The Academic and the Person
Academia is a strange beast. As in the world of peacock display, it too easily nurtures a highly competitive spirit where success lies in creating and promoting your own intellectual brand with a lengthy publication list, packed-out lecture halls and a stunning CV.
That was not John; humility is one of the words most frequently used of him. He was certainly passionate about his academic work. His defence of reformed epistemology was not timid. His doctorate was a challenging read even for the philosophically sophisticated, but dry and arid intellectualism was the very opposite of who John was. For him, reformed epistemology was an expression of the personal relationship between him and his Maker and between him and those around him. Which is why, if you visit his Facebook page following the announcement of his death, you will find many comments speaking of John the inspiring, loving person rather than discussions of his sophisticated academic ideas. His academic vocation was to be an outstanding mentor, whether he was teaching in a school, speaking at a conference for Christian teachers in Eastern Europe, corresponding with an enquirer or supervising a doctoral student. He was an academic pastor, remembered for his warm smile, his inspiring lectures, his sense of fun, his deep concern for others, his practical support and his brilliance as a conference host. It was that pastoring gift which made him an academic star across the world.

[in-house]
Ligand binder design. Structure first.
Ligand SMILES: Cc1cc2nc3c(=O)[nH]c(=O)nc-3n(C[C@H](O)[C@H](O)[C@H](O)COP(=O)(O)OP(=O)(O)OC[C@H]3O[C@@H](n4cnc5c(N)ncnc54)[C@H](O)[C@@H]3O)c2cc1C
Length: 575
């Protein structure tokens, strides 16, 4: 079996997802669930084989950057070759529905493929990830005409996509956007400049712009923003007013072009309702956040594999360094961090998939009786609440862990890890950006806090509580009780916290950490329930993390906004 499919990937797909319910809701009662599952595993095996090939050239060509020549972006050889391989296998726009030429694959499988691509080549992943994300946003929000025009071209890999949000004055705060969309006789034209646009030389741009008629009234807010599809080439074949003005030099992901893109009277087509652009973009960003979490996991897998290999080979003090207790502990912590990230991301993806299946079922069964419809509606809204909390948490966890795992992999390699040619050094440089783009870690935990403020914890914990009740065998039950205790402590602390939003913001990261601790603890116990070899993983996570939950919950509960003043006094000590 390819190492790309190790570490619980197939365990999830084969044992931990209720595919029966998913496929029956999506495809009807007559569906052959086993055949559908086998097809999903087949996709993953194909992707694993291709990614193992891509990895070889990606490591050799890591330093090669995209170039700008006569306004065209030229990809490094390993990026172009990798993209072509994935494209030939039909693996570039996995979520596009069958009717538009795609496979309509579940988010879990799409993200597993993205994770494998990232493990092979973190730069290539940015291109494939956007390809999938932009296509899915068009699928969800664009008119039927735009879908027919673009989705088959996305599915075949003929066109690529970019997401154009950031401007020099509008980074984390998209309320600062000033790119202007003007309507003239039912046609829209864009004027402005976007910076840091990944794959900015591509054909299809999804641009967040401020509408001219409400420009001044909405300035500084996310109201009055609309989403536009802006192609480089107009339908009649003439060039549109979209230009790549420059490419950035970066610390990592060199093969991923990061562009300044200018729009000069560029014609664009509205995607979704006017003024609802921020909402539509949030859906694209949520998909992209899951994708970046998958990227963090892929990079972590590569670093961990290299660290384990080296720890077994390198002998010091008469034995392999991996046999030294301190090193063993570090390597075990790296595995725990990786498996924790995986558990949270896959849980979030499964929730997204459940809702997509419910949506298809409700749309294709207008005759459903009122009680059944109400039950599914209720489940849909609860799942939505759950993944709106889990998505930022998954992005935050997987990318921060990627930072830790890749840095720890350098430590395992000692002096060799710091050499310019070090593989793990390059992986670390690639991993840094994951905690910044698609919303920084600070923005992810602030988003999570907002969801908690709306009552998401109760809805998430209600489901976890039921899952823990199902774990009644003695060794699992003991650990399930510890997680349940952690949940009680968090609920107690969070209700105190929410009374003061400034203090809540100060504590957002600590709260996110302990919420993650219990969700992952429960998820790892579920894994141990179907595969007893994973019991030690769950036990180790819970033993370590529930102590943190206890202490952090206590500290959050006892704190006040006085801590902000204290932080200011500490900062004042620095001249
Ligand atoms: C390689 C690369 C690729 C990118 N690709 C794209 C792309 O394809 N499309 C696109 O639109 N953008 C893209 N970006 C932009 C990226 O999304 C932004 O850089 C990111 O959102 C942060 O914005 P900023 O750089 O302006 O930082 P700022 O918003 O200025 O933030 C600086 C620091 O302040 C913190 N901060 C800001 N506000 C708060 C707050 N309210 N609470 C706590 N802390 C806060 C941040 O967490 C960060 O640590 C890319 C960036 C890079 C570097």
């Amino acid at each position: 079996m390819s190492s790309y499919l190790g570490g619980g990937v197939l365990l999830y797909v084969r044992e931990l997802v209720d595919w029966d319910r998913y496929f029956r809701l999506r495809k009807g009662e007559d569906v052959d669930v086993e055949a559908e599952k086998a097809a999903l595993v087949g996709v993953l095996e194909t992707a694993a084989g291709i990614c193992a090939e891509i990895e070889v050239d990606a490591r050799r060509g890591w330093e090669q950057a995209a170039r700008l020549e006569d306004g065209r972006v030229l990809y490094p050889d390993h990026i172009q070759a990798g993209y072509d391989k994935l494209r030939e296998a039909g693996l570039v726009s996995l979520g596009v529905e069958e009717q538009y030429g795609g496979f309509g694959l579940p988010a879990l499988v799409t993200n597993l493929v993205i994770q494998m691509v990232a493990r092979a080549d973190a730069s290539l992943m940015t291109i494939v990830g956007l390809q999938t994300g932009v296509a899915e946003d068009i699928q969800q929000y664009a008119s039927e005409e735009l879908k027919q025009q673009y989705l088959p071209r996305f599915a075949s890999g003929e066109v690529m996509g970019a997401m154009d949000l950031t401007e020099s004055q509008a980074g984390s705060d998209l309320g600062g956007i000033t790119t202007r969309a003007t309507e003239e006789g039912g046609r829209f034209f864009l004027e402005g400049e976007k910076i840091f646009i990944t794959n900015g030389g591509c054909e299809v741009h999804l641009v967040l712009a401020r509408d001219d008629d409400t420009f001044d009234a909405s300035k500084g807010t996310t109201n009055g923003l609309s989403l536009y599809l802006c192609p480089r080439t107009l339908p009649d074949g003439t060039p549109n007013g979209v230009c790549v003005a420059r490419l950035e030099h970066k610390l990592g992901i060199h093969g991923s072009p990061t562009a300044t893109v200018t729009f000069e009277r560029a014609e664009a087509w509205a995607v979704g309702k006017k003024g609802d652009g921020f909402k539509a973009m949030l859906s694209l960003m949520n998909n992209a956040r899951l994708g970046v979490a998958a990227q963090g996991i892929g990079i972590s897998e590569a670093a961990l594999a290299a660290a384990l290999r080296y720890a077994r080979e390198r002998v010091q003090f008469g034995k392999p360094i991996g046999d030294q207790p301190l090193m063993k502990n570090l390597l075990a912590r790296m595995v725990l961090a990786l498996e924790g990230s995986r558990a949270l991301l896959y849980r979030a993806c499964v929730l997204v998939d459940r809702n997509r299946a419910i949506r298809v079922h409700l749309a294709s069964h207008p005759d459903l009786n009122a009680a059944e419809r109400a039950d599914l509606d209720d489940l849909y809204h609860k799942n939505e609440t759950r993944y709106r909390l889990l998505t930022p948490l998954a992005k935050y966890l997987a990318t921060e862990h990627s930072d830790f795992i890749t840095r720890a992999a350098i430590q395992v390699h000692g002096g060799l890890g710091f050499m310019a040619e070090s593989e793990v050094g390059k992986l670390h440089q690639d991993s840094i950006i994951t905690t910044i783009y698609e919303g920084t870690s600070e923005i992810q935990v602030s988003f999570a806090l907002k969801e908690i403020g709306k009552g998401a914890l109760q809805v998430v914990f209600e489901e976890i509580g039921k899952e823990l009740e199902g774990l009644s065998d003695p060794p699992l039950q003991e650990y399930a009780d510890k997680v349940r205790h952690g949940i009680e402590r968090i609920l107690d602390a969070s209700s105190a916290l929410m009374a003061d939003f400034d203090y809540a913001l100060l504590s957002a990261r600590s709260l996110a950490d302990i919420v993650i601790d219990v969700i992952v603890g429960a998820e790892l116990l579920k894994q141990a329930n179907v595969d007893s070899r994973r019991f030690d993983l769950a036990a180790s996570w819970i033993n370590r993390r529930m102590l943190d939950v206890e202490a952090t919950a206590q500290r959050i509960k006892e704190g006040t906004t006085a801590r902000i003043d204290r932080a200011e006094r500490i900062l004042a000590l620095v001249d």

A few months before his death, John examined my Romanian doctoral student, Cristina Amaximoaie. It was a viva on Zoom. This is what she said:
The viva examination might sound like a frightful experience for a PhD student. It sounded like that to me too. But once John Shortt appeared on my screen and started talking, everything changed. His kindness and humble attitude reassured me and transformed my viva into an unforgettable experience in which I felt God’s presence.